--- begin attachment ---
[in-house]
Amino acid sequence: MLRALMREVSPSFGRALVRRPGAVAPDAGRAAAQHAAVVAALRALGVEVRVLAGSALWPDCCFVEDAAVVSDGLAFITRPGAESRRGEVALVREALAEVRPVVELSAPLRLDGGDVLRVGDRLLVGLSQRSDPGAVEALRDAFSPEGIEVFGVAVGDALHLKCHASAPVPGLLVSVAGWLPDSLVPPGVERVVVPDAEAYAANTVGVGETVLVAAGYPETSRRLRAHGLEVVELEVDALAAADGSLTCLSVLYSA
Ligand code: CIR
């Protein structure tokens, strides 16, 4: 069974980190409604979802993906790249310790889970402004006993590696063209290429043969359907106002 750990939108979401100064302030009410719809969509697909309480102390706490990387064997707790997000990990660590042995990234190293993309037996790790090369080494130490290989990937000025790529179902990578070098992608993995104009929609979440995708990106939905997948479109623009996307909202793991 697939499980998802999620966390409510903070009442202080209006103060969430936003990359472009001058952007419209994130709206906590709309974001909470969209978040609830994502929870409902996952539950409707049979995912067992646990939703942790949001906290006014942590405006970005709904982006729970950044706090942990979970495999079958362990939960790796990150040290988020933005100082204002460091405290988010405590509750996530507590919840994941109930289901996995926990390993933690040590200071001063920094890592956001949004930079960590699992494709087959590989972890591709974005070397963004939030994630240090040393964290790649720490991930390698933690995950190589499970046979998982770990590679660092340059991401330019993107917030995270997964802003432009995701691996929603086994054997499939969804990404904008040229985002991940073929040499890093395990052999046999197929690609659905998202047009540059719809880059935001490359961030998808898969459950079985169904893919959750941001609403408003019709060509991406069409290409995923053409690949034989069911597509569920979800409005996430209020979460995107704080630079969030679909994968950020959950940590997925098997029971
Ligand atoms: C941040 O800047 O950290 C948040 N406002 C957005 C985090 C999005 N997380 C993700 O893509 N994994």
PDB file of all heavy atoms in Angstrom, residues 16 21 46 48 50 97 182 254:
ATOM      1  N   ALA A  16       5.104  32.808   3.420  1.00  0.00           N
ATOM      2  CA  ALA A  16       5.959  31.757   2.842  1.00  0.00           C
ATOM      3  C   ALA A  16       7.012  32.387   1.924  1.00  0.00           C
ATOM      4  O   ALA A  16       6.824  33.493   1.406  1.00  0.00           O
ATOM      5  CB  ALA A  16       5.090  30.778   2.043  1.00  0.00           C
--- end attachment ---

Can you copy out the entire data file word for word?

[in-house]
Amino acid sequence: MLRALMREVSPSFGRALVRRPGAVAPDAGRAAAQHAAVVAALRALGVEVRVLAGSALWPDCCFVEDAAVVSDGLAFITRPGAESRRGEVALVREALAEVRPVVELSAPLRLDGGDVLRVGDRLLVGLSQRSDPGAVEALRDAFSPEGIEVFGVAVGDALHLKCHASAPVPGLLVSVAGWLPDSLVPPGVERVVVPDAEAYAANTVGVGETVLVAAGYPETSRRLRAHGLEVVELEVDALAAADGSLTCLSVLYSA
Ligand code: CIR
């Protein structure tokens, strides 16, 4: 069974980190409604979802993906790249310790889970402004006993590696063209290429043969359907106002 750990939108979401100064302030009410719809969509697909309480102390706490990387064997707790997000990990660590042995990234190293993309037996790790090369080494130490290989990937000025790529179902990578070098992608993995104009929609979440995708990106939905997948479109623009996307909202793991 697939499980998802999620966390409510903070009442202080209006103060969430936003990359472009001058952007419209994130709206906590709309974001909470969209978040609830994502929870409902996952539950409707049979995912067992646990939703942790949001906290006014942590405006970005709904982006729970950044706090942990979970495999079958362990939960790796990150040290988020933005100082204002460091405290988010405590509750996530507590919840994941109930289901996995926990390993933690040590200071001063920094890592956001949004930079960590699992494709087959590989972890591709974005070397963004939030994630240090040393964290790649720490991930390698933690995950190589499970046979998982770990590679660092340059991401330019993107917030995270997964802003432009995701691996929603086994054997499939969804990404904008040229985002991940073929040499890093395990052999046999197929690609659905998202047009540059719809880059935001490359961030998808898969459950079985169904893919959750941001609403408003019709060509991406069409290409995923053409690949034989069911597509569920979800409005996430209020979460995107704080630079969030679909994968950020959950940590997925098997029971
Ligand atoms: C941040 O800047 O950290 C948040 N406002 C957005 C985090 C999005 N997380 C993700 O893509 N994994």
PDB file of all heavy atoms in Angstrom, residues 16 21 46 48 50 97 182 254:
ATOM      1  N   ALA A  16       5.104  32.808   3.420  1.00  0.00           N
ATOM      2  CA  ALA A  16       5.959  31.757   2.842  1.00  0.00           C
ATOM      3  C   ALA A  16       7.012  32.387   1.924  1.00  0.00           C
ATOM      4  O   ALA A  16       6.824  33.493   1.406  1.00  0.00           O
ATOM      5  CB  ALA A  16       5.090  30.778   2.043  1.00  0.00           C